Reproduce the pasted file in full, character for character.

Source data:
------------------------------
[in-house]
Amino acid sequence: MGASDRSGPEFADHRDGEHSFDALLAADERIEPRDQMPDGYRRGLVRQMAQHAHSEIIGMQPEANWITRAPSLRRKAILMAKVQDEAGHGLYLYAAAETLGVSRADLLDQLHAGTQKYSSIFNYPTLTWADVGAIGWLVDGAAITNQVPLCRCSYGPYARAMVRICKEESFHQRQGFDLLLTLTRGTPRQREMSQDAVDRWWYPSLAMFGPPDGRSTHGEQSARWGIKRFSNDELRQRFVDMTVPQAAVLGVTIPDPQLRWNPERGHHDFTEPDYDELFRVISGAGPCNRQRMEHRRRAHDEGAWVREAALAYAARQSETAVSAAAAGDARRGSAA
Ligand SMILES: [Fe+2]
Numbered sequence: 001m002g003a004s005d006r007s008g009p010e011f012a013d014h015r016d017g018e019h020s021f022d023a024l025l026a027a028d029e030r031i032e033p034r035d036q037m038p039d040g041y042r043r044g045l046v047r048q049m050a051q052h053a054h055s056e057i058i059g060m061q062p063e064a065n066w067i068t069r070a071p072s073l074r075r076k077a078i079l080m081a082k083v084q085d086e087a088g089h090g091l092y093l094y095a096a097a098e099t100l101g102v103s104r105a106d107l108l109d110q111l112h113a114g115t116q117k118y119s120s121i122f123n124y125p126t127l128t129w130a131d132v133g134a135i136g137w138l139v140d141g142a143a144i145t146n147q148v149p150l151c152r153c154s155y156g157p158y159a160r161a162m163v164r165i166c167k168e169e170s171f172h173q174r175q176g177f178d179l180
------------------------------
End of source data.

[in-house]
Amino acid sequence: MGASDRSGPEFADHRDGEHSFDALLAADERIEPRDQMPDGYRRGLVRQMAQHAHSEIIGMQPEANWITRAPSLRRKAILMAKVQDEAGHGLYLYAAAETLGVSRADLLDQLHAGTQKYSSIFNYPTLTWADVGAIGWLVDGAAITNQVPLCRCSYGPYARAMVRICKEESFHQRQGFDLLLTLTRGTPRQREMSQDAVDRWWYPSLAMFGPPDGRSTHGEQSARWGIKRFSNDELRQRFVDMTVPQAAVLGVTIPDPQLRWNPERGHHDFTEPDYDELFRVISGAGPCNRQRMEHRRRAHDEGAWVREAALAYAARQSETAVSAAAAGDARRGSAA
Ligand SMILES: [Fe+2]
Numbered sequence: 001m002g003a004s005d006r007s008g009p010e011f012a013d014h015r016d017g018e019h020s021f022d023a024l025l026a027a028d029e030r031i032e033p034r035d036q037m038p039d040g041y042r043r044g045l046v047r048q049m050a051q052h053a054h055s056e057i058i059g060m061q062p063e064a065n066w067i068t069r070a071p072s073l074r075r076k077a078i079l080m081a082k083v084q085d086e087a088g089h090g091l092y093l094y095a096a097a098e099t100l101g102v103s104r105a106d107l108l109d110q111l112h113a114g115t116q117k118y119s120s121i122f123n124y125p126t127l128t129w130a131d132v133g134a135i136g137w138l139v140d141g142a143a144i145t146n147q148v149p150l151c152r153c154s155y156g157p158y159a160r161a162m163v164r165i166c167k168e169e170s171f172h173q174r175q176g177f178d179l180